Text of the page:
The low value of the British Pound Sterling will logically lead to a continued surge in inflation rates of the UK. You will clearly require a higher amount of low-value currency to meet consumption needs. This trend in rising prices for consumer goods can be credited to the high inflation as illustrated in the graph presented below of Inflation rates in the UK post referendum:
According to basic economics, the higher the inflation rates in a nation, the lower will be the wage rates. The drop in wage rates should be a major consideration for the British Government while planning future policies. It would be useful for the common British citizen to also have a look at this data in order to educate people about the fact that a higher employment rate will not necessarily lead to a higher amount of money in your pockets. The post-referendum wage rates have been illustrated in the graph below:
Not all is grim however for the UK economy. Contrary to predictions made by Bank of England regarding the UK’s GDP growth, the GDP growth rate has actually been on the rise since the referendum, touching the 2% growth rate mark on two occasions. Have a look at the GDP growth rate of the UK in the years 2016-2017 presented below:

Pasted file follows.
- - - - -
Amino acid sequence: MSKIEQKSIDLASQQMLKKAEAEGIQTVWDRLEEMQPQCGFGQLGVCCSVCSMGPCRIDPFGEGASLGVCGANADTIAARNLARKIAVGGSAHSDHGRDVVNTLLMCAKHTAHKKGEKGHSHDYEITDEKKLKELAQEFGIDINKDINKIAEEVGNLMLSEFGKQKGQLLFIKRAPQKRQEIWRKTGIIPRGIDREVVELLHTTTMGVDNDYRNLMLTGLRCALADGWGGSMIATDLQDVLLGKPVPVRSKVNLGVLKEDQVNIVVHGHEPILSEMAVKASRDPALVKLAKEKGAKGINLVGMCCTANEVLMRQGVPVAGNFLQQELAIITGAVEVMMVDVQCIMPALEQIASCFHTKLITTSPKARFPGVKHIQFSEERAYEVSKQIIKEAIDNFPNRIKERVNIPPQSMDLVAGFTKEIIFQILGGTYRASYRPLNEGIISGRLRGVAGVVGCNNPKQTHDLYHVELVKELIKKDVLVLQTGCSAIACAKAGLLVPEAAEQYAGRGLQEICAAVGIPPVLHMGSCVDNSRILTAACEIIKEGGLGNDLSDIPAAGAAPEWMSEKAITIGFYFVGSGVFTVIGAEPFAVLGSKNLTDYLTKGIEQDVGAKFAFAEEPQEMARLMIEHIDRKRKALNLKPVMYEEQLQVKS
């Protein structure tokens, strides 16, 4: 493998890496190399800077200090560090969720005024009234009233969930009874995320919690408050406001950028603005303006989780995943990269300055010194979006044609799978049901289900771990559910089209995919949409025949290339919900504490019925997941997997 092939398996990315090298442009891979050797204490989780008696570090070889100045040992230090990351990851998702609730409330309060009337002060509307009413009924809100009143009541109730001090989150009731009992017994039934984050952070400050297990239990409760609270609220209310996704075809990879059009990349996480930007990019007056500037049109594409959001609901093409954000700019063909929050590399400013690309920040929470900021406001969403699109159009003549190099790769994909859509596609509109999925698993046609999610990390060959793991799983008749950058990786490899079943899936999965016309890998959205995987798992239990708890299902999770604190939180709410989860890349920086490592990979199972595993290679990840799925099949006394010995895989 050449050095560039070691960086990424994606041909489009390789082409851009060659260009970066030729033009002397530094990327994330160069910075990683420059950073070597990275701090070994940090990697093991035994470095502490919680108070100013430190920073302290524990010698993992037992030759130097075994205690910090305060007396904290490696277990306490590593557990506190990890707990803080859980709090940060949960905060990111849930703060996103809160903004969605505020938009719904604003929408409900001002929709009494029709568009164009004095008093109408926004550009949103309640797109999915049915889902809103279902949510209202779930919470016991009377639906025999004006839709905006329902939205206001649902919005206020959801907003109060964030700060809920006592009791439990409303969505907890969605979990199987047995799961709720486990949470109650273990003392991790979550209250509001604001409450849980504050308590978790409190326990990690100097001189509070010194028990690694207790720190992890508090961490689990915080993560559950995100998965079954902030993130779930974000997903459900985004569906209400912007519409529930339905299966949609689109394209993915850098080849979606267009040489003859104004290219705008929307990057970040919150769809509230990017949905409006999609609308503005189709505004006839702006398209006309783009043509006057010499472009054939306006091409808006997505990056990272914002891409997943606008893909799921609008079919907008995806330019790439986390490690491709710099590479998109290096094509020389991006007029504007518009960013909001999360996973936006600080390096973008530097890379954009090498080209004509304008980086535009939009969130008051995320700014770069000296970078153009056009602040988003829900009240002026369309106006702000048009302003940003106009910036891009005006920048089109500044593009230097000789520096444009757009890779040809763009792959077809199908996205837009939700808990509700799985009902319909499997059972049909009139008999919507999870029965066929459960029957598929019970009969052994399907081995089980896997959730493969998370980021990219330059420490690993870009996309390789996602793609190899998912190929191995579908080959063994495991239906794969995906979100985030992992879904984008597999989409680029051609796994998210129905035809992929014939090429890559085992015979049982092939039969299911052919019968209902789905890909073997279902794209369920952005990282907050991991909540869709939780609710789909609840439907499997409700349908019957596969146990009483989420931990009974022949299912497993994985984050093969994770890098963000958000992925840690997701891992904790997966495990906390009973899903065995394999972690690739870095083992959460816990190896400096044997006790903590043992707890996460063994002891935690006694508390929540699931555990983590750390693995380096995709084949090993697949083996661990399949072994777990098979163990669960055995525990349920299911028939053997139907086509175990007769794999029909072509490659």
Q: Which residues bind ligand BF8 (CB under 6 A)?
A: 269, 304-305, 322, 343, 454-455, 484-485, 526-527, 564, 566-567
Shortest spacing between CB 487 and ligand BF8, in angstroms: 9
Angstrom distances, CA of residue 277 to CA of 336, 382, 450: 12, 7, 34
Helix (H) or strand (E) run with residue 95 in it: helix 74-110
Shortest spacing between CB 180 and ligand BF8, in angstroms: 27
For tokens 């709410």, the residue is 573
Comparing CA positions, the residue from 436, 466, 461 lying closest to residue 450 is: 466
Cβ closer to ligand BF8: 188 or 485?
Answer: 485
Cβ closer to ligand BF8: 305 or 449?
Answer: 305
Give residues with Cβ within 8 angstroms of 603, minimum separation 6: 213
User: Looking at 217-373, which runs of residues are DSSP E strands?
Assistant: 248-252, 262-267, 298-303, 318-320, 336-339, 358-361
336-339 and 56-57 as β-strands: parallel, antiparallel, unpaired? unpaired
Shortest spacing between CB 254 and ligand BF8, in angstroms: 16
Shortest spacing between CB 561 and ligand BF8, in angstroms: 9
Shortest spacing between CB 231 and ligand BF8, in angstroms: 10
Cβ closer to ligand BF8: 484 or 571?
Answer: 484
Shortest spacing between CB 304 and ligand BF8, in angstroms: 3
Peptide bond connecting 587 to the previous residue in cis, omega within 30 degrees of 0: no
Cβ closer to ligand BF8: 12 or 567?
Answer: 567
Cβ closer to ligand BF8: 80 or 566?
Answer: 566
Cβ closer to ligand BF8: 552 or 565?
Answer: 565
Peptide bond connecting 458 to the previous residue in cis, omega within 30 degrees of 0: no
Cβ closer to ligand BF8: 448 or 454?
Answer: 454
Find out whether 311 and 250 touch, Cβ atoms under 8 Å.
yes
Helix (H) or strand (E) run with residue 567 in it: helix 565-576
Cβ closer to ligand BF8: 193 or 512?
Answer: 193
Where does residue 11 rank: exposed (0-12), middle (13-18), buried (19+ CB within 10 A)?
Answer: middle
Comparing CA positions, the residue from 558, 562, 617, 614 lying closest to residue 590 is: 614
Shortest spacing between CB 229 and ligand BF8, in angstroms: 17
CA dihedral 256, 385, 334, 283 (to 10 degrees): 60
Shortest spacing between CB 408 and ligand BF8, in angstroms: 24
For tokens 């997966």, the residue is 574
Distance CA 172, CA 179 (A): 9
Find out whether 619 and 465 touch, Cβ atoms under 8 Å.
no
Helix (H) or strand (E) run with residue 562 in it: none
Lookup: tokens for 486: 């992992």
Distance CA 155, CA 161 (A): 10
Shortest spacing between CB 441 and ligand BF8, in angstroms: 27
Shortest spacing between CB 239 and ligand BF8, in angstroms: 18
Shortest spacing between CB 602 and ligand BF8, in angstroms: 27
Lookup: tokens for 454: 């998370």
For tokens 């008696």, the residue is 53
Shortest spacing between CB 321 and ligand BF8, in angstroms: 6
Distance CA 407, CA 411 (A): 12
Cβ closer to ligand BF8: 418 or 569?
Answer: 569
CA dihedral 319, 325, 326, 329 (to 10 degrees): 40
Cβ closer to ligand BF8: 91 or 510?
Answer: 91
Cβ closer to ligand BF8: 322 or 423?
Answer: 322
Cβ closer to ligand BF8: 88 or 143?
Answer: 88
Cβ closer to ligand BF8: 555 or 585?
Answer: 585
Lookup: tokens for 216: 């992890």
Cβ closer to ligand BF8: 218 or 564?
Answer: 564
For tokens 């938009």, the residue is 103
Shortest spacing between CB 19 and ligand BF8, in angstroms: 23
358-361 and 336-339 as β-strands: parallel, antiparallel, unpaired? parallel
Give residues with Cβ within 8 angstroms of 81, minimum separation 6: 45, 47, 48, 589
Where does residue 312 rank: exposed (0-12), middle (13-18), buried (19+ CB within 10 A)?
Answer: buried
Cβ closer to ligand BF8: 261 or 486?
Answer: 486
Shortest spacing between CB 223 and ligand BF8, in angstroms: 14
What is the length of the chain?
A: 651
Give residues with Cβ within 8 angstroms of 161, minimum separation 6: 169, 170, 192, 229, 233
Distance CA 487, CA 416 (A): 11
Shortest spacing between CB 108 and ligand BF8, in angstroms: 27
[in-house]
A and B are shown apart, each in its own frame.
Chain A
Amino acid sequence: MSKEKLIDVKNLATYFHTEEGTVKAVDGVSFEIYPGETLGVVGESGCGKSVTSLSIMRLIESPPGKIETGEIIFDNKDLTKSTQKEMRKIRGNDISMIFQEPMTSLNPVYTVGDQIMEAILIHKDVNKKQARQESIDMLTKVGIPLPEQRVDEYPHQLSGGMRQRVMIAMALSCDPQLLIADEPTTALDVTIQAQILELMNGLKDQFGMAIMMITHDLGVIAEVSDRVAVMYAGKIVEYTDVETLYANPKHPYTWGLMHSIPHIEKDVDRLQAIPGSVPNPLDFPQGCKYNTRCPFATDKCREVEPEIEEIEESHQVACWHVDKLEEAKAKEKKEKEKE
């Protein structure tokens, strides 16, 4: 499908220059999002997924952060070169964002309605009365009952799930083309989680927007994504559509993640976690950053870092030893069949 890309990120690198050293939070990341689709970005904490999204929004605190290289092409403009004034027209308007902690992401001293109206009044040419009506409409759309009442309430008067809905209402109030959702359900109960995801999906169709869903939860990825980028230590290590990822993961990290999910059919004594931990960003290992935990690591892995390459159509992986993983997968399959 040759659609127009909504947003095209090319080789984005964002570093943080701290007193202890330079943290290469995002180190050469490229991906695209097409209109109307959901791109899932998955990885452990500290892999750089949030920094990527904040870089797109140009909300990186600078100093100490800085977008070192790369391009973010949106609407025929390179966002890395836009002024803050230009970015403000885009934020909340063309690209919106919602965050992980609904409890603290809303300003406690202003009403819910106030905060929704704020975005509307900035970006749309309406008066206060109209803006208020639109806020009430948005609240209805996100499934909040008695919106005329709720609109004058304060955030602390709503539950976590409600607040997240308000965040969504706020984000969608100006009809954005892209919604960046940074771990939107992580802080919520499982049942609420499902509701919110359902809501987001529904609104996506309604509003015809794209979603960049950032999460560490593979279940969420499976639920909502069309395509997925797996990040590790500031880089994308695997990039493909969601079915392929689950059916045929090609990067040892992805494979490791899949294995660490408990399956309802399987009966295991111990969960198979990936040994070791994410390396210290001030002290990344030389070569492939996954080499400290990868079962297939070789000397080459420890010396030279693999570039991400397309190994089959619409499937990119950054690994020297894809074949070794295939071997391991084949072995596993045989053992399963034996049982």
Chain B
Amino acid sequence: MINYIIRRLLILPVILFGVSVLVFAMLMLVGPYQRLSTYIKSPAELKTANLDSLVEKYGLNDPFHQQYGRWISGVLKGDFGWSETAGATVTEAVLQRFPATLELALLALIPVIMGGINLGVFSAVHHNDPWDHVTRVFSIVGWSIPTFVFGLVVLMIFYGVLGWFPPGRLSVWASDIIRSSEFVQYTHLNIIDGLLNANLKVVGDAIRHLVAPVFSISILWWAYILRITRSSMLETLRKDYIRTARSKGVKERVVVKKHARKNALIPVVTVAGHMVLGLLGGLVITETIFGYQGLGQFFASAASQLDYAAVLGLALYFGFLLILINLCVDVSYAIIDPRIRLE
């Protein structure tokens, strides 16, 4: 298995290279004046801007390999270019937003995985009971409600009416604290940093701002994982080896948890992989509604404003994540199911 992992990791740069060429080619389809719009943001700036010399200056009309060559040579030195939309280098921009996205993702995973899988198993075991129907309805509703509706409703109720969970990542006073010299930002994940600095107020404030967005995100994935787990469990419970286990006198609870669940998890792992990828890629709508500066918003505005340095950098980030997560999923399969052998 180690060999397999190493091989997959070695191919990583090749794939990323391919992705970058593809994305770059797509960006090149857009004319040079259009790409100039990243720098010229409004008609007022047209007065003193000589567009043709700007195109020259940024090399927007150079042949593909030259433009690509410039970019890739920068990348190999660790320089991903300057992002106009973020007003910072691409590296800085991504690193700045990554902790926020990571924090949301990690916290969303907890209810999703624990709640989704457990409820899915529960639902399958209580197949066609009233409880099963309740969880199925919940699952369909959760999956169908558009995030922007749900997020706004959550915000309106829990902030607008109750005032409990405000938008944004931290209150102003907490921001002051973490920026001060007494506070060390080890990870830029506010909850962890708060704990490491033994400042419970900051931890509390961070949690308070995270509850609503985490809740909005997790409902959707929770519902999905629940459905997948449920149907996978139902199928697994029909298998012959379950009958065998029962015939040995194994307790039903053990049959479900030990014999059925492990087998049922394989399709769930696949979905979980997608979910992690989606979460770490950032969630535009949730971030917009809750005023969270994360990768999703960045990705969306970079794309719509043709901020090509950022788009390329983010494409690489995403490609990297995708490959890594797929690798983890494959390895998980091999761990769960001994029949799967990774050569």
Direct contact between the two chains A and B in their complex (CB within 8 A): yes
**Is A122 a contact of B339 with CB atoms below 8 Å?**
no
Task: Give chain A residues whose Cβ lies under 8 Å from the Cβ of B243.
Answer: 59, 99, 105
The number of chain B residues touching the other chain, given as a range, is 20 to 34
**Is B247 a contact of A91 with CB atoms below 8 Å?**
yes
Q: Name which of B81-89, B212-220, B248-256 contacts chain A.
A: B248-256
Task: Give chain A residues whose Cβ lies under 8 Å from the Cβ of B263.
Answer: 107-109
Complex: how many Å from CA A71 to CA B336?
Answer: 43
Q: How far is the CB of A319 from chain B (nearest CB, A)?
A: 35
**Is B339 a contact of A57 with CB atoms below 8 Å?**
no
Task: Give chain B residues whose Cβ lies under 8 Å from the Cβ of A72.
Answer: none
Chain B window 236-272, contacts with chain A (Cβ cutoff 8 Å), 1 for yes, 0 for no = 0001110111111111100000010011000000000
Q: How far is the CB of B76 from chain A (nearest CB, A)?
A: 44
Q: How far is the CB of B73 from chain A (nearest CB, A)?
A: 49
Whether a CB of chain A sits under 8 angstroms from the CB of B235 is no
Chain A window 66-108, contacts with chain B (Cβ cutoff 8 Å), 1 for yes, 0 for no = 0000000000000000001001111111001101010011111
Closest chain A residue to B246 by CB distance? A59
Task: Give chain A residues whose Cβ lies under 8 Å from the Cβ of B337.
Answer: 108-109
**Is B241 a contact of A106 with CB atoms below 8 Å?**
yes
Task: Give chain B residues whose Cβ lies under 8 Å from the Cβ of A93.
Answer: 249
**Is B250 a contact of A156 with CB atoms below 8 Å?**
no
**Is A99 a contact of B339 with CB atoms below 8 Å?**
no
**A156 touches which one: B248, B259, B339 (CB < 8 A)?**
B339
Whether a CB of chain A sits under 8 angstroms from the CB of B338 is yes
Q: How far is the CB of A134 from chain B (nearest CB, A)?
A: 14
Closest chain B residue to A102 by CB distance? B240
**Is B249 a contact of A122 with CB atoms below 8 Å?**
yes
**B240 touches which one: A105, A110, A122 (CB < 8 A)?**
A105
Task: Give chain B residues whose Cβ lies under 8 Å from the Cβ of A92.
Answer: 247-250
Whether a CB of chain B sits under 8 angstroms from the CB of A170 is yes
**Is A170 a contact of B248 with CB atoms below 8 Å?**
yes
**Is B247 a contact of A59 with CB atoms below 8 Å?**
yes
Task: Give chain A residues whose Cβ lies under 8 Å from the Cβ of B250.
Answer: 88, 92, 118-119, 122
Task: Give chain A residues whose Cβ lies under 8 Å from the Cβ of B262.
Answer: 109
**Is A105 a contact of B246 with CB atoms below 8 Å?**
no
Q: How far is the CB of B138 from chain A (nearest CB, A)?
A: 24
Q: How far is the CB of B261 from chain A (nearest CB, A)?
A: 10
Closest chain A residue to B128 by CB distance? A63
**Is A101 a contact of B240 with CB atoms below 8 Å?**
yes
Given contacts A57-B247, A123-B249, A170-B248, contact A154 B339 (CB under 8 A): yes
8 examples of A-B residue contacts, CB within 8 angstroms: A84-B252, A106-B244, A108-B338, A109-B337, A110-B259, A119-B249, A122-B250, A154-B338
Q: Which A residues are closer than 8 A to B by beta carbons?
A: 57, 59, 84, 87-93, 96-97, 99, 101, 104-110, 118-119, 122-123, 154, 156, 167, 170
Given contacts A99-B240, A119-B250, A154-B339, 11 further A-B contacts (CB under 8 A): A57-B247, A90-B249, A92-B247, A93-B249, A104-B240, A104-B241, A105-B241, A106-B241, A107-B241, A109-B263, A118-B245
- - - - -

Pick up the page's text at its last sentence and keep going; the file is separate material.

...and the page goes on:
Impact of Brexit on India
India, being a major player in the world markets, has now become a viable option for a strong trade partner for the UK. The recent meet between Indian Prime Minister Narendra Modi and his British counterpart Theresa May is a testament to the optimism regarding India-UK relations in the near future. The joint-statement given after the meeting indicate that the two nations are striving to reinforce their strategic partnership, based on shared values, common law, and institutions.
Some of the excerpts of the joint-statement of the Modi-May meeting include: